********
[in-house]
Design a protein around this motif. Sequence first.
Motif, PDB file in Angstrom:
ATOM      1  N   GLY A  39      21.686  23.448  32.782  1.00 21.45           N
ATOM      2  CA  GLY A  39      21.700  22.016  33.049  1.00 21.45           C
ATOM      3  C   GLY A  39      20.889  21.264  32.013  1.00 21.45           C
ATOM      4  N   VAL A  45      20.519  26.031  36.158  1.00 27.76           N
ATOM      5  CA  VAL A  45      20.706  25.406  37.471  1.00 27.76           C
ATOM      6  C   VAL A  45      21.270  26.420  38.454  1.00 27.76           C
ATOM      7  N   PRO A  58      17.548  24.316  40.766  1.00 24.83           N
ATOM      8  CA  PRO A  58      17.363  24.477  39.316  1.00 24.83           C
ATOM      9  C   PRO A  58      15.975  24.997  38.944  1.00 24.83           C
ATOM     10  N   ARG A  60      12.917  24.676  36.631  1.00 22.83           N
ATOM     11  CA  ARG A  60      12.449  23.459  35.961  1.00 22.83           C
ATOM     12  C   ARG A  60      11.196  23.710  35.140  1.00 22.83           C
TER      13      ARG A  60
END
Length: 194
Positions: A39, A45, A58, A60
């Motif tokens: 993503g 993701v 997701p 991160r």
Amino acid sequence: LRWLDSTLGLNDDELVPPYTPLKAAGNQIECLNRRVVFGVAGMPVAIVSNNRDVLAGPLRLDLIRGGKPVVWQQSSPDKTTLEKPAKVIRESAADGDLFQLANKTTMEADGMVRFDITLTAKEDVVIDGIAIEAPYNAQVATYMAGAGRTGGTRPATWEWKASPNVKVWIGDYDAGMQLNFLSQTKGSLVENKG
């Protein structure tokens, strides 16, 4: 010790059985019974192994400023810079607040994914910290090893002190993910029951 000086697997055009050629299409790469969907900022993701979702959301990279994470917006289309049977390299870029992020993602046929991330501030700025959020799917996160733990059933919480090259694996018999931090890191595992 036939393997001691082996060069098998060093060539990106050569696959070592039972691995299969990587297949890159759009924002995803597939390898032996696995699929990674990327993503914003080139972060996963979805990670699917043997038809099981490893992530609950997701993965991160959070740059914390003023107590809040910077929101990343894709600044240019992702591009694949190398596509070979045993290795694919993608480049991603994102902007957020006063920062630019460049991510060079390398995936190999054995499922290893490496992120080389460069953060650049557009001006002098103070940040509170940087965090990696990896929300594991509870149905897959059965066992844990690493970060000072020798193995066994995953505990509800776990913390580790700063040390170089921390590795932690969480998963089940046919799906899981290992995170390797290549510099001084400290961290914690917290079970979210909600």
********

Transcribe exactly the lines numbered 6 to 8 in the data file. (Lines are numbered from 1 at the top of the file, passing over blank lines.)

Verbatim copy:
ATOM      3  C   GLY A  39      20.889  21.264  32.013  1.00 21.45           C
ATOM      4  N   VAL A  45      20.519  26.031  36.158  1.00 27.76           N
ATOM      5  CA  VAL A  45      20.706  25.406  37.471  1.00 27.76           C